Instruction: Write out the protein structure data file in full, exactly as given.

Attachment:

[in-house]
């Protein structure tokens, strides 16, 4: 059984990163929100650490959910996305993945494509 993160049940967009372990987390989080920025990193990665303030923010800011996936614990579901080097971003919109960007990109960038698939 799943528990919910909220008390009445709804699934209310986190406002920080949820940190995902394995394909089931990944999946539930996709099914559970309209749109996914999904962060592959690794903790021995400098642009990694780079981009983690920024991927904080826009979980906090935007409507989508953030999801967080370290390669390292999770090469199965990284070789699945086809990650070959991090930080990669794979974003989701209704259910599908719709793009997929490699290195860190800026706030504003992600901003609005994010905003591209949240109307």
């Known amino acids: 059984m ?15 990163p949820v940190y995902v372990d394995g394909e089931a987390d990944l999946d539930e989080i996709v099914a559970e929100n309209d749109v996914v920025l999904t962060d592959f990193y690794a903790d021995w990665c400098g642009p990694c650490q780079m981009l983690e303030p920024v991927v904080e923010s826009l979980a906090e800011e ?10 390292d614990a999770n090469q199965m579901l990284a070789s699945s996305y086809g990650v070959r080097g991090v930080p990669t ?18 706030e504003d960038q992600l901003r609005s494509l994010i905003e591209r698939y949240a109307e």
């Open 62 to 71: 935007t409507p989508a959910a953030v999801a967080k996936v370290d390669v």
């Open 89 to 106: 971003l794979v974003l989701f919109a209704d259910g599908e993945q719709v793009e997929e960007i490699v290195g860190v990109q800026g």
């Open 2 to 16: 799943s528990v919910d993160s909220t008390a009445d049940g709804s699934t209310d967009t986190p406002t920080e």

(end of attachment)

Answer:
[in-house]
């Protein structure tokens, strides 16, 4: 059984990163929100650490959910996305993945494509 993160049940967009372990987390989080920025990193990665303030923010800011996936614990579901080097971003919109960007990109960038698939 799943528990919910909220008390009445709804699934209310986190406002920080949820940190995902394995394909089931990944999946539930996709099914559970309209749109996914999904962060592959690794903790021995400098642009990694780079981009983690920024991927904080826009979980906090935007409507989508953030999801967080370290390669390292999770090469199965990284070789699945086809990650070959991090930080990669794979974003989701209704259910599908719709793009997929490699290195860190800026706030504003992600901003609005994010905003591209949240109307």
């Known amino acids: 059984m ?15 990163p949820v940190y995902v372990d394995g394909e089931a987390d990944l999946d539930e989080i996709v099914a559970e929100n309209d749109v996914v920025l999904t962060d592959f990193y690794a903790d021995w990665c400098g642009p990694c650490q780079m981009l983690e303030p920024v991927v904080e923010s826009l979980a906090e800011e ?10 390292d614990a999770n090469q199965m579901l990284a070789s699945s996305y086809g990650v070959r080097g991090v930080p990669t ?18 706030e504003d960038q992600l901003r609005s494509l994010i905003e591209r698939y949240a109307e």
């Open 62 to 71: 935007t409507p989508a959910a953030v999801a967080k996936v370290d390669v």
């Open 89 to 106: 971003l794979v974003l989701f919109a209704d259910g599908e993945q719709v793009e997929e960007i490699v290195g860190v990109q800026g």
């Open 2 to 16: 799943s528990v919910d993160s909220t008390a009445d049940g709804s699934t209310d967009t986190p406002t920080e």